The présence Africaine in the Italian academia

By Marco Medugno

Postcolonial theory, in Italian academia, is a young field of study. Colonialism has similarly received little attention in literature, from both authors and scholars, going almost unnoticed in the public discourse and academia, until recent publications started to address the long-lasting legacy of imperialism and its role in shaping the Italian national identity, especially during the Fascist period. It is almost implausible that the period of Italian colonialism, roughly stretching from 1869 to 1960, has been overlooked for decades since the Second World War and still, regrettably, remains an under-studied area in the Italian academy and a problematic topic in the public and political arena. When that chapter of history is discussed, the tone is apologetic, if not dismissive. Italians still fashion themselves as those who brought development and investment to Africa. Although more limited in both time and space than British or French colonialism, Italian colonialism was a period of massacres, oppression, and racism. It had an unquestionable impact, both in the metropole and in the colonies, that still resonates today. Scholars, especially historians, have started to investigate this impact from the mid-1980s (Giorgio Rochat and Angelo Del Boca), but only in the mid-1990s and early 2000s did postcolonialism as a scholarly field made its appearance in literary studies in Italy.

What are the reasons for this delay? Scholars such as Ruth Ben-Ghiat, Mia Fuller, Derek Duncan, Sandra Ponzanesi, Valeria Deplano, and Cristina Lombardi-Diop have tried to explain the historical, political, and social causes that concealed colonialism from public discussion and academic interest. Most of them are connected to historical factors, such as the absence of mass migrations from the former colonies to Italy and the lack of any trials against Fascist officials who fought in the African territories during WW2; there are also socio–political reasons, such as the myth of Italiani brava gente [good people], which helped to globally re-establish Italy’s reputation as a democratic nation after twenty years of Fascist dictatorship.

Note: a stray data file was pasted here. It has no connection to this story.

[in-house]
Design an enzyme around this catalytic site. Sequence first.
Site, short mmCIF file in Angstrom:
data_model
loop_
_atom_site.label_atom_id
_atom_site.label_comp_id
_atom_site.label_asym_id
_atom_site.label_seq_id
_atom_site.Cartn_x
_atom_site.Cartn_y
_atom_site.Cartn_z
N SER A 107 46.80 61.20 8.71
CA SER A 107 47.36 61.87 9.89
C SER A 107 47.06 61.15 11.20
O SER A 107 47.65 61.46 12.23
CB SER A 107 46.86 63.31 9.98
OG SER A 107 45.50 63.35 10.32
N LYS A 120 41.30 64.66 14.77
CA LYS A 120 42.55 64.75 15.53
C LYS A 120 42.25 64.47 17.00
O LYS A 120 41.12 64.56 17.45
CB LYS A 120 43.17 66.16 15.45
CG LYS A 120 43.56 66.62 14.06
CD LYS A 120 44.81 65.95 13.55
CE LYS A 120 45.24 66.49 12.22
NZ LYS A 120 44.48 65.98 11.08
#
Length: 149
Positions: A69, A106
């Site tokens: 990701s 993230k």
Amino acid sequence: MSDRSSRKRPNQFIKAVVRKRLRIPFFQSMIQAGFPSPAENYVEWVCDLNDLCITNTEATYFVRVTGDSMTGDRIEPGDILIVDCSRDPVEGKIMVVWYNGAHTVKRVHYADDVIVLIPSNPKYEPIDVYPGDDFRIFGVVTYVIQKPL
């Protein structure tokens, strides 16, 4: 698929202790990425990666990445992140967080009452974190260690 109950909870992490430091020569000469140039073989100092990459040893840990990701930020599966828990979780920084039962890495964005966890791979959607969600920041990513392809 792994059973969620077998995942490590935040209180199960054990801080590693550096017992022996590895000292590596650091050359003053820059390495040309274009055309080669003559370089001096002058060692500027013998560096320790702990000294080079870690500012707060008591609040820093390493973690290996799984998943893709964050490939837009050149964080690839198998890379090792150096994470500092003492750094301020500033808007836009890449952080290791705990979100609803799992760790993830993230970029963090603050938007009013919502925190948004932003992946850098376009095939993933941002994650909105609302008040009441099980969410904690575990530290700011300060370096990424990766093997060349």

Book cover for Bollati Boringhieri’s translation of Edward Said’s Orientalism

In the field of literary studies, Roberto Derobertis, in his short but telling article, ‘Da dove facciamo il postcoloniale?’, examines the consequences of this delay in Italian academia. He suggests that Italian postcolonial studies are founded on ‘missed debates and gaps’, so that the corpus of postcolonial works that is growing in Italy lacks consistency and is reliant on paradigms elaborated in other colonial contexts, such as the Anglophone and the Francophone. For example, Edward Said’s ground-breaking work Orientalism was translated into Italian only in 1991 (Bollati Boringhieri), thus causing a delay to the response to the productive debate engendered by its publication in 1978. Still today, Italian readers and scholars have limited access to well-established works of postcolonial scholars, as only a few texts (and primarily Anglophone) have been translated. Ironically, one of the main theoretical backbones of Said’s work is the thought of Italian Marxist philosopher Antonio Gramsci (1891–1937).

Due to this absence of engagement with postcolonial scholars’ theoretical works, the postcolonial paradigm has never been used systematically to analyse the literary and cultural production in Italy. Indeed, only a few monographs and comprehensive studies have explored alternative readings of Italy as a postcolonial entity and have suggested a coherent theory to apply to the Italian case. Moreover, the authors of these studies often teach or work outside Italy, mainly in the UK and the US, meaning that the departments of Italian studies have failed to incorporate the postcolonial paradigm into their curricula. This reluctance to engage with postcolonial studies has prevented Italian academia from developing an exclusive and well-framed postcolonial theory, specific to the Italian context. 

Front cover of a 1936 text featuring pictures of the regions of the Italian Empire

In this scenario, we can clearly identify blind spots and absences in Italian postcolonial studies. There is still much work to do ahead, especially in the fields of literary studies. The analysis of the representation of Africa in Italian literature, but also in newspapers, magazines, textbooks, and other media, has just begun, but is crucial for understanding how the ‘concept’ of Africa, fashioned during colonialism, still persists to this day. Postcolonial studies are also instrumental in re-reading the canon and decolonising it. It is fundamental to show that colonialism, more than forgotten, has been like a ghost, almost invisible but definitively present, in literature and in our every-day life too.     

The Croce del Sud Hotel in Mogadishu, Somalia, 1933